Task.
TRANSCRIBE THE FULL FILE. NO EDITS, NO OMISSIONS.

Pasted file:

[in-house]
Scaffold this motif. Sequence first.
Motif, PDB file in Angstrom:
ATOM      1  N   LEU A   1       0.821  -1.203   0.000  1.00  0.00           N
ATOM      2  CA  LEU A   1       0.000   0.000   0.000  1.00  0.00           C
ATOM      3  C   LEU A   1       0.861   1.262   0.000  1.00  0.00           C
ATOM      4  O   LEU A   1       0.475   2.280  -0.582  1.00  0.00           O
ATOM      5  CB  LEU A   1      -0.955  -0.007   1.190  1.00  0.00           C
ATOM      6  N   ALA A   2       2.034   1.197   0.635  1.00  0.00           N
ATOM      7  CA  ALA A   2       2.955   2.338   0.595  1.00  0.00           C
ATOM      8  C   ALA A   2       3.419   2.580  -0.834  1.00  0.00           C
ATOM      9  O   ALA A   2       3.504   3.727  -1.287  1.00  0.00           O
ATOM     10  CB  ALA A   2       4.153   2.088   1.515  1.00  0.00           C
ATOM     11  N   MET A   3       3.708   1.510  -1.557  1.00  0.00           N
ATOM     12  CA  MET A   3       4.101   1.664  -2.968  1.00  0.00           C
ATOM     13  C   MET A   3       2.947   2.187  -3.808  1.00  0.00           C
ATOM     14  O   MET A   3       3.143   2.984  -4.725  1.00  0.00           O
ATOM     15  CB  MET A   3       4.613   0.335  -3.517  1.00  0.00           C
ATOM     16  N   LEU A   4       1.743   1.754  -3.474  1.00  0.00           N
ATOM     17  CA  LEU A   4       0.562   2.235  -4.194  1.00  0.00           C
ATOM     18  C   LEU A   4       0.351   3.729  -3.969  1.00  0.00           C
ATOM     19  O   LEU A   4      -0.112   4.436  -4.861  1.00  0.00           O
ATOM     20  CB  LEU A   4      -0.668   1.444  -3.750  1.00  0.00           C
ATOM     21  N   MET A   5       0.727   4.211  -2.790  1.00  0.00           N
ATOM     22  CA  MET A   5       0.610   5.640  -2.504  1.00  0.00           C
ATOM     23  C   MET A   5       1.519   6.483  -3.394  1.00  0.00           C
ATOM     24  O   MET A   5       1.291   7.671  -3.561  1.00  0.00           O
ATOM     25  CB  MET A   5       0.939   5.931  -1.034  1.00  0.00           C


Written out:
[in-house]
Scaffold this motif. Sequence first.
Motif, PDB file in Angstrom:
ATOM      1  N   LEU A   1       0.821  -1.203   0.000  1.00  0.00           N
ATOM      2  CA  LEU A   1       0.000   0.000   0.000  1.00  0.00           C
ATOM      3  C   LEU A   1       0.861   1.262   0.000  1.00  0.00           C
ATOM      4  O   LEU A   1       0.475   2.280  -0.582  1.00  0.00           O
ATOM      5  CB  LEU A   1      -0.955  -0.007   1.190  1.00  0.00           C
ATOM      6  N   ALA A   2       2.034   1.197   0.635  1.00  0.00           N
ATOM      7  CA  ALA A   2       2.955   2.338   0.595  1.00  0.00           C
ATOM      8  C   ALA A   2       3.419   2.580  -0.834  1.00  0.00           C
ATOM      9  O   ALA A   2       3.504   3.727  -1.287  1.00  0.00           O
ATOM     10  CB  ALA A   2       4.153   2.088   1.515  1.00  0.00           C
ATOM     11  N   MET A   3       3.708   1.510  -1.557  1.00  0.00           N
ATOM     12  CA  MET A   3       4.101   1.664  -2.968  1.00  0.00           C
ATOM     13  C   MET A   3       2.947   2.187  -3.808  1.00  0.00           C
ATOM     14  O   MET A   3       3.143   2.984  -4.725  1.00  0.00           O
ATOM     15  CB  MET A   3       4.613   0.335  -3.517  1.00  0.00           C
ATOM     16  N   LEU A   4       1.743   1.754  -3.474  1.00  0.00           N
ATOM     17  CA  LEU A   4       0.562   2.235  -4.194  1.00  0.00           C
ATOM     18  C   LEU A   4       0.351   3.729  -3.969  1.00  0.00           C
ATOM     19  O   LEU A   4      -0.112   4.436  -4.861  1.00  0.00           O
ATOM     20  CB  LEU A   4      -0.668   1.444  -3.750  1.00  0.00           C
ATOM     21  N   MET A   5       0.727   4.211  -2.790  1.00  0.00           N
ATOM     22  CA  MET A   5       0.610   5.640  -2.504  1.00  0.00           C
ATOM     23  C   MET A   5       1.519   6.483  -3.394  1.00  0.00           C
ATOM     24  O   MET A   5       1.291   7.671  -3.561  1.00  0.00           O
ATOM     25  CB  MET A   5       0.939   5.931  -1.034  1.00  0.00           C